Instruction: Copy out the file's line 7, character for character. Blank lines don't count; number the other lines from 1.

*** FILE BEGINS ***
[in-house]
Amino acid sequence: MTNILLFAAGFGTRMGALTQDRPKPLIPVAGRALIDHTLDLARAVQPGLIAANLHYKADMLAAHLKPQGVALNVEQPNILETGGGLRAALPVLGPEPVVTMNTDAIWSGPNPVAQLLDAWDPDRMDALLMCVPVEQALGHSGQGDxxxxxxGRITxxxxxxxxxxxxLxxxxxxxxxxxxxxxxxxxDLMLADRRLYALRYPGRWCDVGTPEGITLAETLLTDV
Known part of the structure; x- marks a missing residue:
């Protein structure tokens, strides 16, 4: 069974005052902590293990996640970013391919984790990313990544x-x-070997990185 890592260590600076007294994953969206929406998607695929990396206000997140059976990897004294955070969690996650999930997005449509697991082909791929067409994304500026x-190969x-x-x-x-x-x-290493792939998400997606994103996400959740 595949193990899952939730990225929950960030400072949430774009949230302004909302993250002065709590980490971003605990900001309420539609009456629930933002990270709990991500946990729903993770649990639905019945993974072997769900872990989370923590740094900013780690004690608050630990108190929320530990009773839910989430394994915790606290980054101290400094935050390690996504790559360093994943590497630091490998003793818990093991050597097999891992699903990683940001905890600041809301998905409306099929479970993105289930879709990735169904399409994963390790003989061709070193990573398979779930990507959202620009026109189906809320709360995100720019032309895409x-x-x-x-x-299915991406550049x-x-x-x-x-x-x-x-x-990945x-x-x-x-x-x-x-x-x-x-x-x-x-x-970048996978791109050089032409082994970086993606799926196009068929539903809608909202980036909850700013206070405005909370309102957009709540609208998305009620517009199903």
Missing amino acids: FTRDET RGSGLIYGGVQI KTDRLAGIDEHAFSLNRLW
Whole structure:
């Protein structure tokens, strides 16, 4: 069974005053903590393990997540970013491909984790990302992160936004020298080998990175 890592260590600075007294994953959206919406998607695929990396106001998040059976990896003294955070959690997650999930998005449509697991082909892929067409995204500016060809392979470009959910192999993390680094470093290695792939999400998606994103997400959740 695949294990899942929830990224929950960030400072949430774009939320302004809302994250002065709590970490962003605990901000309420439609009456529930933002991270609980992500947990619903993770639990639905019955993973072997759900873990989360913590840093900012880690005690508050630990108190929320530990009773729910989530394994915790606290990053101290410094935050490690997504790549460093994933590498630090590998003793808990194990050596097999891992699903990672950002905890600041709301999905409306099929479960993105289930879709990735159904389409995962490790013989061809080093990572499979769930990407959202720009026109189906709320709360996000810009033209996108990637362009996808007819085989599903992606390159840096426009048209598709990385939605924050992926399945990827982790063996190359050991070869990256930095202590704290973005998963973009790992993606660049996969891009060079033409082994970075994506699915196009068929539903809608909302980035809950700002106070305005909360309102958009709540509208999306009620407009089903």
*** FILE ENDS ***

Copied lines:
């Protein structure tokens, strides 16, 4: 069974005053903590393990997540970013491909984790990302992160936004020298080998990175 890592260590600075007294994953959206919406998607695929990396106001998040059976990896003294955070959690997650999930998005449509697991082909892929067409995204500016060809392979470009959910192999993390680094470093290695792939999400998606994103997400959740 695949294990899942929830990224929950960030400072949430774009939320302004809302994250002065709590970490962003605990901000309420439609009456529930933002991270609980992500947990619903993770639990639905019955993973072997759900873990989360913590840093900012880690005690508050630990108190929320530990009773729910989530394994915790606290990053101290410094935050490690997504790549460093994933590498630090590998003793808990194990050596097999891992699903990672950002905890600041709301999905409306099929479960993105289930879709990735159904389409995962490790013989061809080093990572499979769930990407959202720009026109189906709320709360996000810009033209996108990637362009996808007819085989599903992606390159840096426009048209598709990385939605924050992926399945990827982790063996190359050991070869990256930095202590704290973005998963973009790992993606660049996969891009060079033409082994970075994506699915196009068929539903809608909302980035809950700002106070305005909360309102958009709540509208999306009620407009089903």